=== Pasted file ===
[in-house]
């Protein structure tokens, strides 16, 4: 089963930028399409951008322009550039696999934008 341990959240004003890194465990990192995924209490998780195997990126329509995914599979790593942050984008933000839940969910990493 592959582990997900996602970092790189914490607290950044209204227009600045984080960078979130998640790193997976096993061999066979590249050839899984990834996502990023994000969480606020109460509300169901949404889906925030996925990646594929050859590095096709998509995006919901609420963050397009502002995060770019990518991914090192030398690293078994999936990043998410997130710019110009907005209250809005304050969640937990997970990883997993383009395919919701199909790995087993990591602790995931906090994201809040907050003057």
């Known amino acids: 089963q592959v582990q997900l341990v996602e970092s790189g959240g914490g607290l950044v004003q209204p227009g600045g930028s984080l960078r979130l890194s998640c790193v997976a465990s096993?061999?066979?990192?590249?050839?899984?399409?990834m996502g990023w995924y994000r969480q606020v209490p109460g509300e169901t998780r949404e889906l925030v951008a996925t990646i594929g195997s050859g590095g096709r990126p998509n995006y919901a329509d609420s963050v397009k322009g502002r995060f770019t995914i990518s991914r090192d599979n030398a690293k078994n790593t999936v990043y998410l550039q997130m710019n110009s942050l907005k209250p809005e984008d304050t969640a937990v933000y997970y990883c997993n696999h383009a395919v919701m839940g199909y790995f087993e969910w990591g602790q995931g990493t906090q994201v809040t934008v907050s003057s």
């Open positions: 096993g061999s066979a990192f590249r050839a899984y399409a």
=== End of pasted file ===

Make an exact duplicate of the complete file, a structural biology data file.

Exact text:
[in-house]
């Protein structure tokens, strides 16, 4: 089963930028399409951008322009550039696999934008 341990959240004003890194465990990192995924209490998780195997990126329509995914599979790593942050984008933000839940969910990493 592959582990997900996602970092790189914490607290950044209204227009600045984080960078979130998640790193997976096993061999066979590249050839899984990834996502990023994000969480606020109460509300169901949404889906925030996925990646594929050859590095096709998509995006919901609420963050397009502002995060770019990518991914090192030398690293078994999936990043998410997130710019110009907005209250809005304050969640937990997970990883997993383009395919919701199909790995087993990591602790995931906090994201809040907050003057």
């Known amino acids: 089963q592959v582990q997900l341990v996602e970092s790189g959240g914490g607290l950044v004003q209204p227009g600045g930028s984080l960078r979130l890194s998640c790193v997976a465990s096993?061999?066979?990192?590249?050839?899984?399409?990834m996502g990023w995924y994000r969480q606020v209490p109460g509300e169901t998780r949404e889906l925030v951008a996925t990646i594929g195997s050859g590095g096709r990126p998509n995006y919901a329509d609420s963050v397009k322009g502002r995060f770019t995914i990518s991914r090192d599979n030398a690293k078994n790593t999936v990043y998410l550039q997130m710019n110009s942050l907005k209250p809005e984008d304050t969640a937990v933000y997970y990883c997993n696999h383009a395919v919701m839940g199909y790995f087993e969910w990591g602790q995931g990493t906090q994201v809040t934008v907050s003057s």
């Open positions: 096993g061999s066979a990192f590249r050839a899984y399409a």